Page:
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The Tortoise and the Hare

An Aldabra giant tortoise looks at visitors at the La Vanille Nature Park in Riviere des Anguilles, Mauritius, August 19, 2019. (REUTERS PHOTO/Benoit Tessier
An Aldabra giant tortoise looks at visitors at the La Vanille Nature Park in Riviere des Anguilles, Mauritius, August 19, 2019. (REUTERS PHOTO/Benoit Tessier
The Tortoise and The Hare
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Now, it is time for Words and Their Stories, a weekly program from VOA Learning English.

English expressions come from a number of different places and some are quite old. Perhaps one of the oldest expressions is “slow and steady wins the race.” It comes from a collection of stories known as Aesop’s Fables. Aesop is thought to have lived over 2,000 years ago in ancient Greece.

“Slow and steady wins the race” means that if you set a goal for yourself and keep working toward it, you will reach that goal. However, to accomplish that goal you mustn't waste time on mindless or meaningless things. You must not lose focus.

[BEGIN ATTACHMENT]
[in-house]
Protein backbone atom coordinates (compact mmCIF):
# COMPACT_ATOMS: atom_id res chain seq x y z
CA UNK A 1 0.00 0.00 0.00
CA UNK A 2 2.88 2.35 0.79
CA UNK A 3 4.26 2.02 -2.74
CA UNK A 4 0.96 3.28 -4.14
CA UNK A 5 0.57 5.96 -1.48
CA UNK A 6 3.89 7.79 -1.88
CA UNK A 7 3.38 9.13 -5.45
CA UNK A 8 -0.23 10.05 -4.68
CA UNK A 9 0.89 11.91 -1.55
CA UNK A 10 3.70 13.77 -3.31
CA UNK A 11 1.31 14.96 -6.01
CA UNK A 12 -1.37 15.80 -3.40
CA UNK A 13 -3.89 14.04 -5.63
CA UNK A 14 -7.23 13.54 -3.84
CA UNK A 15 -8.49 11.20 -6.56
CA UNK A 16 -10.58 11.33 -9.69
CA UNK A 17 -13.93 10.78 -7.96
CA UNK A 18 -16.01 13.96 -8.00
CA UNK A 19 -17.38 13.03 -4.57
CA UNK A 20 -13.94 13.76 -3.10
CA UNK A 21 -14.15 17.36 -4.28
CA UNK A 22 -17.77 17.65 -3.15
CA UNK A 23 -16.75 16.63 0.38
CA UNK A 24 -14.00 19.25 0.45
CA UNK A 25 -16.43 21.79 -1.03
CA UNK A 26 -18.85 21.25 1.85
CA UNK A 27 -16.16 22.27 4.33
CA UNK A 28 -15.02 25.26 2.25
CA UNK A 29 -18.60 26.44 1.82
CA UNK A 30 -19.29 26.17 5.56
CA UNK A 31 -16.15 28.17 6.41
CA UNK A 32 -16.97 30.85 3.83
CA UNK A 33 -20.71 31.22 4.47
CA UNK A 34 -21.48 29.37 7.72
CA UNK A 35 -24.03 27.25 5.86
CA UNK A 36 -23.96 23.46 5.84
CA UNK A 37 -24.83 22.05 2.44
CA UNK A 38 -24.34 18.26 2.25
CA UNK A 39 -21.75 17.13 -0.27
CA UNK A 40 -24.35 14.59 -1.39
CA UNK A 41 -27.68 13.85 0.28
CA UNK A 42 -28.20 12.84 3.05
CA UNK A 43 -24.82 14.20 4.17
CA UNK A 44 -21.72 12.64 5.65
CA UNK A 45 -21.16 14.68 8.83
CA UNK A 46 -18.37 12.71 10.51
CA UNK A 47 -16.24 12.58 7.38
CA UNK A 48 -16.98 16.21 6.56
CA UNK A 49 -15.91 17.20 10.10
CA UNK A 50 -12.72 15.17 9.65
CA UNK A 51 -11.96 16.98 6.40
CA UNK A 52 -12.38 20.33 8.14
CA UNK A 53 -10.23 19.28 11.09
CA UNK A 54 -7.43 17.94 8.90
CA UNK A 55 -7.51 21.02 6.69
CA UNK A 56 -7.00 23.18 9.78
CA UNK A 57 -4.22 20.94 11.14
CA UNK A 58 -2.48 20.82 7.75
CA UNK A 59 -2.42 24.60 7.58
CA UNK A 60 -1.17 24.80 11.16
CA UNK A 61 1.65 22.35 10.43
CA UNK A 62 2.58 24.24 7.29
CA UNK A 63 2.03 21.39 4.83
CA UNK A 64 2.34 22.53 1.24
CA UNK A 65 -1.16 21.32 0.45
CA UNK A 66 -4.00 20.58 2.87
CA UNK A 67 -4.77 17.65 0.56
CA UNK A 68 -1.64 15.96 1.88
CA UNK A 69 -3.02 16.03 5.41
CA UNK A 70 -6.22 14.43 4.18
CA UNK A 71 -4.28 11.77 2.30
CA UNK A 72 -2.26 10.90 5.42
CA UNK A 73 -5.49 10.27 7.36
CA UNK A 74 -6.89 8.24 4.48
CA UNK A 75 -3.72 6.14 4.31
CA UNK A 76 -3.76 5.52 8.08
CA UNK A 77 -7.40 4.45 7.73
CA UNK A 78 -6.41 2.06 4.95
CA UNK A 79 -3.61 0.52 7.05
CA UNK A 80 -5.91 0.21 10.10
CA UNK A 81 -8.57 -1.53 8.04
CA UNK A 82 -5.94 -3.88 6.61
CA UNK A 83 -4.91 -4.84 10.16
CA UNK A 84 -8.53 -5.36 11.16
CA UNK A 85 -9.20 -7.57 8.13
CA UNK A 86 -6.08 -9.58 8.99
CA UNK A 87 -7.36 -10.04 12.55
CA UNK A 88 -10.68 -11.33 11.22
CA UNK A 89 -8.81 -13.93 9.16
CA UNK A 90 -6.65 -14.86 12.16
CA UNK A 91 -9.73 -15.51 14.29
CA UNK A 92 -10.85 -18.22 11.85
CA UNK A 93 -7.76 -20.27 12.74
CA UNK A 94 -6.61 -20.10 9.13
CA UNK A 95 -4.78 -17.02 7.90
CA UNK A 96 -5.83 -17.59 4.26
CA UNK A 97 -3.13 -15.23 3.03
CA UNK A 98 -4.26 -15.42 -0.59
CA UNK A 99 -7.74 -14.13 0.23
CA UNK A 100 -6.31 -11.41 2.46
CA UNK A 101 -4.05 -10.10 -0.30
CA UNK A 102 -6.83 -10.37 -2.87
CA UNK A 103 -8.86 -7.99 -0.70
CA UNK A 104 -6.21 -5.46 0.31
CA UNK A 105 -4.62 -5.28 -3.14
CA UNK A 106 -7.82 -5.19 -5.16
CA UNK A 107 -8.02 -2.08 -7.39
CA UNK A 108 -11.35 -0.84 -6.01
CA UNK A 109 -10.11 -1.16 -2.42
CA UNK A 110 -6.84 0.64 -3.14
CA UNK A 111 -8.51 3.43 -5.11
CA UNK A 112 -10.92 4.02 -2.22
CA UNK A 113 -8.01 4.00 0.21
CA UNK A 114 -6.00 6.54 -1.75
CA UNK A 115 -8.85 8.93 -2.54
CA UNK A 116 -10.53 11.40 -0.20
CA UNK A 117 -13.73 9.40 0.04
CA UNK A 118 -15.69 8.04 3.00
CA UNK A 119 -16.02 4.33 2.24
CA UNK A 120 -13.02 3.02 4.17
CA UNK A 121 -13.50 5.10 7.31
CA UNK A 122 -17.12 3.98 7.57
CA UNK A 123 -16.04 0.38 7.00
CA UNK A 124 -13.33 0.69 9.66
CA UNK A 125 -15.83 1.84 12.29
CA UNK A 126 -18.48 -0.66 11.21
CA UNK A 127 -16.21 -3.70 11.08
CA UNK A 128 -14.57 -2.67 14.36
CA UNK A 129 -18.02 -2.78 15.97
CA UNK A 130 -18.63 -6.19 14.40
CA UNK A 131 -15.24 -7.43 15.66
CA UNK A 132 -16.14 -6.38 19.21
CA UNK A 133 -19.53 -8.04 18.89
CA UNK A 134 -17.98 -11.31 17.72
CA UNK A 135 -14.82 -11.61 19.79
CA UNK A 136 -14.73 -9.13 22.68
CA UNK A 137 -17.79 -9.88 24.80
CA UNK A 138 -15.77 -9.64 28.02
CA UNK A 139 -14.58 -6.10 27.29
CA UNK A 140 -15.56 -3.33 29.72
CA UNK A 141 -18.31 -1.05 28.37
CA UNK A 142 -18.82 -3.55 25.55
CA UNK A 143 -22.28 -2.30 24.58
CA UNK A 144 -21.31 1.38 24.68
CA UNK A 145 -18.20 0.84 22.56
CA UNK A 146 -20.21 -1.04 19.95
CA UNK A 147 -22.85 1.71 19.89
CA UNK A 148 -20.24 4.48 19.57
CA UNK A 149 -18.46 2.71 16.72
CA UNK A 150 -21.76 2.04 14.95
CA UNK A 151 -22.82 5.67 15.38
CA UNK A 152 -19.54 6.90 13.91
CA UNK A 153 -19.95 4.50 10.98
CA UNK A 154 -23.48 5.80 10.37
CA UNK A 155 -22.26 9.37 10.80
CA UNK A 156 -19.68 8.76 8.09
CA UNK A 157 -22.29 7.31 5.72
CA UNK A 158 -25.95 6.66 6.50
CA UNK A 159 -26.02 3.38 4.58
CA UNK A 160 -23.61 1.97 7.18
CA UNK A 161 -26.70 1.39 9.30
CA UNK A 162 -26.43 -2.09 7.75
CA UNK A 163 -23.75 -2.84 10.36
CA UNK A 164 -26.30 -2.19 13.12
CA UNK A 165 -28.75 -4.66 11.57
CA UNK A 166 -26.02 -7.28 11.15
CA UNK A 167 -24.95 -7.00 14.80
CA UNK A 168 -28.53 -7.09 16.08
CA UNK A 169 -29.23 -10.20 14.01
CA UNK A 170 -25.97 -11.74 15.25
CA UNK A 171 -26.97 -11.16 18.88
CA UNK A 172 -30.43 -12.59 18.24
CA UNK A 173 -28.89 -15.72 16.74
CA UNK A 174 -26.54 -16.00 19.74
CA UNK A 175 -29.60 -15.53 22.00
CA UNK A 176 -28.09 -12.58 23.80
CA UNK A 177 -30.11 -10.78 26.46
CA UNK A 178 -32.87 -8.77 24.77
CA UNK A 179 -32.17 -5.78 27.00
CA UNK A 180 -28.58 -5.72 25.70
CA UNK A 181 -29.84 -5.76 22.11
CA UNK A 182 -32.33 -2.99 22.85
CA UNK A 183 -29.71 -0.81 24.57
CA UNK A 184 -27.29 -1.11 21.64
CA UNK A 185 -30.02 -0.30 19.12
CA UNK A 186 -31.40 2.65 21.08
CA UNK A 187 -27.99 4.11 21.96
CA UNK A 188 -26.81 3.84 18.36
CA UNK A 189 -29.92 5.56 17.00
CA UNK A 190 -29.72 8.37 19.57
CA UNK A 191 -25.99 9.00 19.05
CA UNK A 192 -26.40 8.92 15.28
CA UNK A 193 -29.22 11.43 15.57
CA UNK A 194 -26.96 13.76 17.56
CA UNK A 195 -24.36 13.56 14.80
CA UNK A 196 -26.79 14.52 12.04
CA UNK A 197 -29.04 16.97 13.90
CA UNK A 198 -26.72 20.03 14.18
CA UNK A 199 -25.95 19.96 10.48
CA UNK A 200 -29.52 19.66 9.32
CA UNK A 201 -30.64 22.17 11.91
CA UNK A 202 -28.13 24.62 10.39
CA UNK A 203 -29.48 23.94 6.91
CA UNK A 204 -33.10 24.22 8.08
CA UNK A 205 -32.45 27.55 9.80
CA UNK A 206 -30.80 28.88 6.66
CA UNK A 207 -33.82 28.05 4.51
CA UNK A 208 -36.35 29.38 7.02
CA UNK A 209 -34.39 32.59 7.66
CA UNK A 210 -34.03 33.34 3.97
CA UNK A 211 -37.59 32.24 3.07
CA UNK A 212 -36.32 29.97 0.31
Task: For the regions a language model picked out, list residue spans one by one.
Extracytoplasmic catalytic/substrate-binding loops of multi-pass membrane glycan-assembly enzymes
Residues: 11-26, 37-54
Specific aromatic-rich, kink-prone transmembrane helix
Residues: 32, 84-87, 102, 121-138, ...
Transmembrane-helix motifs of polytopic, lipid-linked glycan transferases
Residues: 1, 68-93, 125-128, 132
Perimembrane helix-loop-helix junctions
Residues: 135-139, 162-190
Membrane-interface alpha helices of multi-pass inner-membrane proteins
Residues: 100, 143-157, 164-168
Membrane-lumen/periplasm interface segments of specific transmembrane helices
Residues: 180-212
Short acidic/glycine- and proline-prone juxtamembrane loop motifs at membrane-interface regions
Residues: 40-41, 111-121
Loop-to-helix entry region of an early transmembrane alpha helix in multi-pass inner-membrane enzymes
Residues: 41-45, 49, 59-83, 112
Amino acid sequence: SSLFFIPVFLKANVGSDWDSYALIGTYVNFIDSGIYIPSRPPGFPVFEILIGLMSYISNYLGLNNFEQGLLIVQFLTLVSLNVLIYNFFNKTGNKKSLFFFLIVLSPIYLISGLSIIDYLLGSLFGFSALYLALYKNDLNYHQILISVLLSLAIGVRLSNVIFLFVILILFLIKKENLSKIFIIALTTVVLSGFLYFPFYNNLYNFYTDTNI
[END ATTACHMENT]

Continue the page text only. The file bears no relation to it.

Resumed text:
And that brings us to one of Aesop’s fables called “The Tortoise and the Hare.”

As you probably know, a hare looks like a large rabbit. It has long ears and runs very fast, much faster than any tortoise. That cannot be debated.

A hare sits in a field of marguerites in Frankfurt, Germany, late Sunday, May 26, 2019.
A hare sits in a field of marguerites in Frankfurt, Germany, late Sunday, May 26, 2019.

As in many fables, the animals are given human personality traits. The hare has a loud, bragging personality and seems overconfident. Tortoise is focused. In “The Tortoise and The Hare” these two animals race each other!

But now that we know they also have human personalities, what will happen?

Let’s find out. Here is the Learning English version of “The Tortoise and the Hare.”

NARRATOR: One day, Tortoise was walking through the woods. She had business to take care of. So, she walked through the forest with her usual determination. When Tortoise passed by Hare, he was standing against a fence post. She simply nodded her head and walked on … very slowly.

HARE: Hey, Tortoise. Where are you going?

TORTOISE: I have some important business to take care of.